Shocker: Many “Occupy Wall Street” protestors are the one percent

photo by biggovernment.com

by Jack Minor –

A common refrain among protestors at the various “Occupy” movements is that they are the 99 percent. A report listing average wage earners for the world shows that many of the protestors are actually the 1 percent.

The basis for saying they are the 99 percent is that a person making over $380,000 is among the top 1 percent of all wage earners in America. However Morgan Housel, writing for the Motley Fool points out that when one expands that principle to world income levels an interesting thing occurs.

Branko Milanovic, a World Bank economist, looked at worldwide wages and discovered the income needed to qualify for the richest 1 percent is significantly lower.

In order to be among the top one percent of the world’s wage earners, you would need to only make $34,000 a year.

This is the finding Milanovic presented in a 2010 book “The Have and the Have-Nots.” What is fascinating is when we go down the income ladder, the figures show just how well off Americans are compared to the rest of the world.

In order to be in the top half of all wage earners, you would need to earn just $1,225. A person earning over $20,000 is in the top 10 percent of all wage earners globally.

Critics contend that these figures do not account for cost of living differences between nations. Milankovic acknowledges that, and says, that to adjust for purchasing power parity, those in India should adjust their income by three fold, while Western Europe should discount  incomes by 10-20 percent.

According to the World Bank, 95 percent of the world’s population earns less than $10 a day. The U.N. similarly reports that “nearly half the world’s population, 2.8 billion people, earn less than $2 a day.”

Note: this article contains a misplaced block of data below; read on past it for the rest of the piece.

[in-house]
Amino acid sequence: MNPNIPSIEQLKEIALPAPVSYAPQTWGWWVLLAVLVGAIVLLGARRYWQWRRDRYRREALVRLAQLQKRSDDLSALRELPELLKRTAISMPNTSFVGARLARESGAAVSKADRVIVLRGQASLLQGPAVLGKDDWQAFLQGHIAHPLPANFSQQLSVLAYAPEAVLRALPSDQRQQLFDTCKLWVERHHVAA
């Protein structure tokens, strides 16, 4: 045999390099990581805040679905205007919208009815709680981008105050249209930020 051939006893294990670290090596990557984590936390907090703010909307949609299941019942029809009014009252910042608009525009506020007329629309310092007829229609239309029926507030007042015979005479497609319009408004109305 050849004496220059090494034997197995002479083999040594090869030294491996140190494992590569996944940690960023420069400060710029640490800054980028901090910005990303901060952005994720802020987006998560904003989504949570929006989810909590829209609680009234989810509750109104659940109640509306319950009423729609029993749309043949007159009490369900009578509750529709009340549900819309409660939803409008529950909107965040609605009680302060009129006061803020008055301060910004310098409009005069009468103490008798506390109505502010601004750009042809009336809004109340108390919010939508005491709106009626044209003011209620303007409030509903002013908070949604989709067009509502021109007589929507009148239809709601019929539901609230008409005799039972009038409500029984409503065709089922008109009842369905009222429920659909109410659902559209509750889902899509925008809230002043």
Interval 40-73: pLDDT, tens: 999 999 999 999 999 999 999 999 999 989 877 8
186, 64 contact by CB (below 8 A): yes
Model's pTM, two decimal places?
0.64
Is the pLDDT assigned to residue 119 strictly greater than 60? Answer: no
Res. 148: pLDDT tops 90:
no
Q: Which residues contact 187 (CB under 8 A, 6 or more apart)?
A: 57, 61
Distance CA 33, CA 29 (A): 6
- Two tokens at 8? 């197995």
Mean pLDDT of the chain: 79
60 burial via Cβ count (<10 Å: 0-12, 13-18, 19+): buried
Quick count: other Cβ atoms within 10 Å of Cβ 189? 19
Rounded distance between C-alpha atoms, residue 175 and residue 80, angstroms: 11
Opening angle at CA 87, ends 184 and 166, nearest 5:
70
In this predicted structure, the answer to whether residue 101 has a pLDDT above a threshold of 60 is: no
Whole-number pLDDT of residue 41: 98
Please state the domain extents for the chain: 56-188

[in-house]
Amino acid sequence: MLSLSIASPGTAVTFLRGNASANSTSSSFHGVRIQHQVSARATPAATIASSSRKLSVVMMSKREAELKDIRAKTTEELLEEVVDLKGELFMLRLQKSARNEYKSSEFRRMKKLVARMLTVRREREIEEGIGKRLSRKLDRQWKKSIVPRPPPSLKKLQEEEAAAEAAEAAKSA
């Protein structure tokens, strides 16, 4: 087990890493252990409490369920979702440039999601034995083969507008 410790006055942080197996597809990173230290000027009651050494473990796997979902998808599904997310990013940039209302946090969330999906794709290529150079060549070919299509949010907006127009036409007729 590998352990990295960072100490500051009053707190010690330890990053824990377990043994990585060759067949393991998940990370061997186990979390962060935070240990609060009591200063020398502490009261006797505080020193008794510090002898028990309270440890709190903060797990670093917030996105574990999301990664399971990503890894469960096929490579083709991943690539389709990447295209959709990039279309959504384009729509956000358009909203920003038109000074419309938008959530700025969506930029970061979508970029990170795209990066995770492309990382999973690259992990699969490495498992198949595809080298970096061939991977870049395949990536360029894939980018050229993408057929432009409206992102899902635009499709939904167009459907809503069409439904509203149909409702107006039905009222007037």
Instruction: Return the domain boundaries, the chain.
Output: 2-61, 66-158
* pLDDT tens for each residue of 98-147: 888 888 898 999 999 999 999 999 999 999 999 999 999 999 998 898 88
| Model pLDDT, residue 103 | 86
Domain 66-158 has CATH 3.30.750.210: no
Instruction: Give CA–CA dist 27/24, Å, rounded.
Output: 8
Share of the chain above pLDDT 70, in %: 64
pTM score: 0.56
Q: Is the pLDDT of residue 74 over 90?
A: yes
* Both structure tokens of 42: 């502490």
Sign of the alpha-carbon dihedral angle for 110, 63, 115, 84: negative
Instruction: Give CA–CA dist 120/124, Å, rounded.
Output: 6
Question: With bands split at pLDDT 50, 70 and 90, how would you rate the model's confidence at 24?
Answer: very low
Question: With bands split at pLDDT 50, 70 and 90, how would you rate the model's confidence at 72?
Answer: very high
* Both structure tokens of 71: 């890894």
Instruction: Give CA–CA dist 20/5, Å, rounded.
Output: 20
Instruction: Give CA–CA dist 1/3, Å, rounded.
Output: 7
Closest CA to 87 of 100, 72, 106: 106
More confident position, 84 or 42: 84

Based on these figures, many in the various Occupy movements around the country are actually the one percent and almost all are in the top 10 percent. Photographs at various sites reveal that members have smart phones and wear designer clothes. In New York, Occupy members at Zuccotti Park purchased a big screen TV for movie night. These are luxuries unheard of in the majority of the world.

The Greeley Gazette attempted to contact the Occupy Greeley movement via e-mail on its website for an official comment on these figures several days ago. At the time of this printing, there has been no response.

Members of the movement were also asked about the movement’s demands that everyone be guaranteed a living wage regardless of employment. Individuals at the Occupy Greeley site at Lincoln Park said they supported that goal as well as all the goals of the Occupy movement.

The Gazette asked if every single person was guaranteed $20 an hour whether choosing to work or not, what would be the incentive to go to work since a person who didn’t work would get the same as a person who was working?

Individuals at the site said, “We are not advocating freeloaders. We believe that everyone has something to contribute to society.” When pressed, they said the incentive would be to earn more than $20 an hour. “If you want to move up and earn more money, you can do so. If someone wants to be content to remain at the bottom with $20 an hour, that’s that person’s choice. We believe most will want to earn more than the minimum.”

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2 Responses to Shocker: Many “Occupy Wall Street” protestors are the one percent

  1. Books says:

    If you let the arguement you are making brew awhile in your brain you would quickly realize how shallow it is.

    It is analogous to claiming people who are fighting world hunger shouldn’t be eating. You can make complaints about wealth inequality and lack of regulation in the financial system without such broad strokes saying all corporations are evil.

    What you are doing is committing a strawman logical fallacy at worse, and at best picking the worst possible arguments made to argue against. Isn’t your time worth more then that? Wouldn’t it be worthwhile to actually address the valid points that are raised and see if there is any value? It would certainly be more productive and less hate filled ranting.

  2. Gus says:

    You expect to find something better here, Books?

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